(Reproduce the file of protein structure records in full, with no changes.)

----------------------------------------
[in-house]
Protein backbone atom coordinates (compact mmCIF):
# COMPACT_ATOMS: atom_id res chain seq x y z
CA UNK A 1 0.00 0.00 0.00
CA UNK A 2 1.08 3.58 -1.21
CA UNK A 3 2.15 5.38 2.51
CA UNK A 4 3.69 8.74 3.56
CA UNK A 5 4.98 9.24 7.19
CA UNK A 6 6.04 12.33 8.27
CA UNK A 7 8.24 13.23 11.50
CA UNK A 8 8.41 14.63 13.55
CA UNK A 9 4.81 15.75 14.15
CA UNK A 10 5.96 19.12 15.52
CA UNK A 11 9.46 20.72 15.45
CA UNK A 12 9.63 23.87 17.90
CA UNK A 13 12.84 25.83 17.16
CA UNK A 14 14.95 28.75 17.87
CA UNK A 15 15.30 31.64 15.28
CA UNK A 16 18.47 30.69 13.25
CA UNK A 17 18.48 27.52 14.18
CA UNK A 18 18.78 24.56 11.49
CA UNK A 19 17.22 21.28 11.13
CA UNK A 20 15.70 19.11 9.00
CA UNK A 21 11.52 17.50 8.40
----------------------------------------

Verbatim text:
[in-house]
Protein backbone atom coordinates (compact mmCIF):
# COMPACT_ATOMS: atom_id res chain seq x y z
CA UNK A 1 0.00 0.00 0.00
CA UNK A 2 1.08 3.58 -1.21
CA UNK A 3 2.15 5.38 2.51
CA UNK A 4 3.69 8.74 3.56
CA UNK A 5 4.98 9.24 7.19
CA UNK A 6 6.04 12.33 8.27
CA UNK A 7 8.24 13.23 11.50
CA UNK A 8 8.41 14.63 13.55
CA UNK A 9 4.81 15.75 14.15
CA UNK A 10 5.96 19.12 15.52
CA UNK A 11 9.46 20.72 15.45
CA UNK A 12 9.63 23.87 17.90
CA UNK A 13 12.84 25.83 17.16
CA UNK A 14 14.95 28.75 17.87
CA UNK A 15 15.30 31.64 15.28
CA UNK A 16 18.47 30.69 13.25
CA UNK A 17 18.48 27.52 14.18
CA UNK A 18 18.78 24.56 11.49
CA UNK A 19 17.22 21.28 11.13
CA UNK A 20 15.70 19.11 9.00
CA UNK A 21 11.52 17.50 8.40